Biggest Tech Companies Walk Back Remote-Work Policies

December 26, 2022 – Tech companies, which led corporate America with their shift to remote work at the pandemic’s start, are pulling back on those flexible work models in a potential sign that office mandates could be a more frequent fixture in the year ahead.

As employers become increasingly frustrated with the disconnectedness that often comes with a dispersed workforce, companies including Snapchat parent Snap Inc. and Twitter are leveraging a cloudy economic outlook in a bid to get employees back to the office. A growing number of global tech firms are reversing course on remote and hybrid work policies as the labor market for companies including Meta, Google, Alphabet and Amazon becomes increasingly challenged. Many tech companies have frozen hiring or cut jobs in the face of a sudden slowdown after the pandemic growth spurt.

The decision to claw back certain flexible work policies appears to mark a turning point in the pandemic shift to operating remotely. What’s more, brokers say it could signal an imminent spike in office use among tech businesses, many of which have been among the commercial real estate market’s most powerful economic drivers.

Tech companies were some of the country’s greatest sources of leasing and acquisition activity prior to the pandemic, scooping up hundreds of thousands of square feet to accommodate headcount growth over the years among workforces that largely commuted to an office every workday. These global tech firms accounted for more than a third of the nation’s largest 15 office leases in 2019, according to CoStar data. Deals made by Google, Amazon, Apple, Meta and others collectively totaled more than 5 million square feet at the time.

By the end of 2020, the tech industry accounted for about one-fifth of the country’s total office leasing activity, according to data from real estate brokerage CBRE, as some of the largest companies — including social media company Facebook’s parent Meta, iPhone maker Apple and software provider Microsoft — invested in the idea that offices would play a critical role in the future of work.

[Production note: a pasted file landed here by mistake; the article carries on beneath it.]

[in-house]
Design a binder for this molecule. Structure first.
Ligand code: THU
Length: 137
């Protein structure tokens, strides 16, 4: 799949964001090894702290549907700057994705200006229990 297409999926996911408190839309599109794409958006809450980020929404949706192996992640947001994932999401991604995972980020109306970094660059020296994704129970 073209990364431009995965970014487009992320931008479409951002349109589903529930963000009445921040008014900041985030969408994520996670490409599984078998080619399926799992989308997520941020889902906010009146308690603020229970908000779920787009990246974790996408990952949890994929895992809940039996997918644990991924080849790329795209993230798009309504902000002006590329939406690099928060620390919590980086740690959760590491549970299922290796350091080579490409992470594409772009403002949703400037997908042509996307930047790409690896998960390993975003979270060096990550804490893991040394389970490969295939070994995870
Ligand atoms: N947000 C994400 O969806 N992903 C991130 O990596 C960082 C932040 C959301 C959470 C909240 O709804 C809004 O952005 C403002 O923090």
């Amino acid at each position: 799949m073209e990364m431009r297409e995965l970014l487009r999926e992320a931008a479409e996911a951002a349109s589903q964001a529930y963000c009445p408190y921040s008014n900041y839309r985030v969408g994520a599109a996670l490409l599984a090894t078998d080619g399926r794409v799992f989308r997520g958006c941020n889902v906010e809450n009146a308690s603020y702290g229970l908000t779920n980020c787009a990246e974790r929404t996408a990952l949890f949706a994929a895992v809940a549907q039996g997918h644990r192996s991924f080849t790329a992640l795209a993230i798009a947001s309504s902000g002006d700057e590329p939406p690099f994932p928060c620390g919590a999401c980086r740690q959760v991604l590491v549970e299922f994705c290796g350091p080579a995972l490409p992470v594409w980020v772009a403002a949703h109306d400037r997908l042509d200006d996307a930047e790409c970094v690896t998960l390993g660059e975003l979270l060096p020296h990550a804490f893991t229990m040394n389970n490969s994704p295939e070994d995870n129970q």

To be clear, remote and hybrid work policies have been embedded in the work culture that emerged from the depths of the pandemic. Even Salesforce, which recently called some of its employees back to the office, has acknowledged the permanence of flexible work in its future working environment.

“So I do think that we’re going to have a rebalancing,” Salesforce CEO Marc Benioff told analysts on the company’s earnings call in late November, adding that, even at Salesforce, the company has employees who are required to be in the office. There are “folks required to be here, whether they are doing core work, or even new folks who don’t have the tribal knowledge yet or need the mentorship or folks coming in from college who benefit from being in the office. But we’re never going back to how it was. We all know that.”

Here are some global tech companies who have decided to bring employees back to the office, either for a full or partial workweek.

Snap Inc.

Headquarters: Santa Monica, California
Number of employees: About 5,100 globally
Return-to-office policy: The corporate parent of Snapchat told employees in a memo last month that the social media company would phase out its predominantly remote work policy starting in February, with workers required to be in the office at least 80% of the time. The new mandate was issued as Snap grapples with increased competition, mounting economic uncertainty and declining advertising revenue.